Torah Commentary

Torah Commentary

Growth Means Taking Responsibility

Chapter 20 of the biblical book of Numbers could be renamed "The Transition of Leadership." Approaching this chapter, the leadership triumvirate of Moses, Aaron, and Miriam guide the Israelite people based on God's direction. The chapter begins with Miriam's death. After Miriam dies, the people complain about the lack of water. In God's response, Moses and Aaron are told they will not enter the promised land. The first part of this prophecy is brought to fruition at the end of the chapter when Aaron dies.

In the End, There Was Love

Just as Parshat Chukat lists the Israelites’ battles and resting places in their trek toward the Promised Land, so too should we mark our nation’s jagged journey toward racial justice. It is therefore appropriate to mark not just the official end of slavery with the phrase et vahev b’sufa, but also the continuing struggle against the legacy of Jim Crow – systemic racism.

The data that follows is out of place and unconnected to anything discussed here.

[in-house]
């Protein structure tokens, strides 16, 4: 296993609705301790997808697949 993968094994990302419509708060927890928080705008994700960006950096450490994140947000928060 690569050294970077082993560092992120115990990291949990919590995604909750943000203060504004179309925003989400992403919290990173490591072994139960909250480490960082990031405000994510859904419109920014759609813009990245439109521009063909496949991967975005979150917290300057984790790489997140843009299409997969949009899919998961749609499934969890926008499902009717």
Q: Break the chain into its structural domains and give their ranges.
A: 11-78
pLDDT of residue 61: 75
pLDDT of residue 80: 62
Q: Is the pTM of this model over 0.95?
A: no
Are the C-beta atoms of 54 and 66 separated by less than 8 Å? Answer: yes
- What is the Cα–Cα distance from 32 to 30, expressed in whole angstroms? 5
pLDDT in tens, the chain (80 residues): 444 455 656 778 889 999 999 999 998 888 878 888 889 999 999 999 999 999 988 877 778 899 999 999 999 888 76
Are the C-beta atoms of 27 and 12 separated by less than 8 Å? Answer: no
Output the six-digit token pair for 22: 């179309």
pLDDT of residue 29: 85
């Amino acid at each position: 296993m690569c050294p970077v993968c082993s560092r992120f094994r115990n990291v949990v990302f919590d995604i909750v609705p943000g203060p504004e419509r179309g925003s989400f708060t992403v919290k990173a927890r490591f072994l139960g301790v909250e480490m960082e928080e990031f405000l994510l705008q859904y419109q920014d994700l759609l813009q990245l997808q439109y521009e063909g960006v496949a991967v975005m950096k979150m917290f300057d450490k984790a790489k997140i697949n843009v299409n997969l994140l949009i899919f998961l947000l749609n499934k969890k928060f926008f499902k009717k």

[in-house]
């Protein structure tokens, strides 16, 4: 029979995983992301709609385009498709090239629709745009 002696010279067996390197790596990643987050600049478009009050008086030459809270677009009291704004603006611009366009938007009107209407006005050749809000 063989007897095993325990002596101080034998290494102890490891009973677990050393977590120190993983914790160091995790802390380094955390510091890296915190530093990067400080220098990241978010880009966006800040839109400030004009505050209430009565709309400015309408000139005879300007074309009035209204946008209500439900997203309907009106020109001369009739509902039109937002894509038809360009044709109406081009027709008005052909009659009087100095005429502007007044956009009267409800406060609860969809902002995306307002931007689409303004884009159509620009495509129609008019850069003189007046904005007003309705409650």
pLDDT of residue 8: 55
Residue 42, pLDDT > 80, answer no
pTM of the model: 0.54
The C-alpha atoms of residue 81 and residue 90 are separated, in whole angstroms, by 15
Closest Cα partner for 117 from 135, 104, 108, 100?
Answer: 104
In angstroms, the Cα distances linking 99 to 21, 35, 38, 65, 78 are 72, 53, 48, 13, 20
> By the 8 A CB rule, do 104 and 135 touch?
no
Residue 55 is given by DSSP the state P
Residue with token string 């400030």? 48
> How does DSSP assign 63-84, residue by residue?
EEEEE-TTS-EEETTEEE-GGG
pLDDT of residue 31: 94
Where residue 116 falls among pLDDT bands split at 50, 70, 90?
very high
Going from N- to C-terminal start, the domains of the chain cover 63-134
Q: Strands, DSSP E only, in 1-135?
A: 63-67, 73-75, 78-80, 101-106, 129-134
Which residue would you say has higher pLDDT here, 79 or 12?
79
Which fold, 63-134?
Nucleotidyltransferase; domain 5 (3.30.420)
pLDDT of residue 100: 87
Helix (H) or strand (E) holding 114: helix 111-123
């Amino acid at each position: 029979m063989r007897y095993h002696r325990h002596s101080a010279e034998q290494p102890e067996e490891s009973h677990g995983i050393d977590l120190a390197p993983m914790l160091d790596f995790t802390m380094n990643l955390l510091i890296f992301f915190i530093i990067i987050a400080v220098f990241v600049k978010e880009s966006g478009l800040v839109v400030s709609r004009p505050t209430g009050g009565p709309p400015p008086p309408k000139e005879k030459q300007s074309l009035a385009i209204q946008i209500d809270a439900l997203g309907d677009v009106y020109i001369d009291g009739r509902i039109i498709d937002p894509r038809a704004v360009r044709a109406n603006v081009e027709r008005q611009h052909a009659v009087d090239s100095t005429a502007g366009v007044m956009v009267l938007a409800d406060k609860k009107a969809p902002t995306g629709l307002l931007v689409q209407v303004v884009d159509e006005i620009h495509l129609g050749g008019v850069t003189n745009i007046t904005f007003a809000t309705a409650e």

Grappling with Death and the Need to Mourn

“The whole community knew that Aaron had breathed his last” (Numbers 20:29). ... Parashat Chukat is in the middle of the Book of Numbers, and its narrative spans 38 of the 40 years in the wilderness. It is also full of death, and the human struggle to comprehend it.

Living in the Golden Mean

Parashat Chukat opens with the law of the parah adumah — the red heifer. It is a classic example of a commandment for which the Torah offers no explanation. How are we to understand and grapple with laws such as this that we do not understand? Perhaps we need to start not with the question, why, but with the question, why not.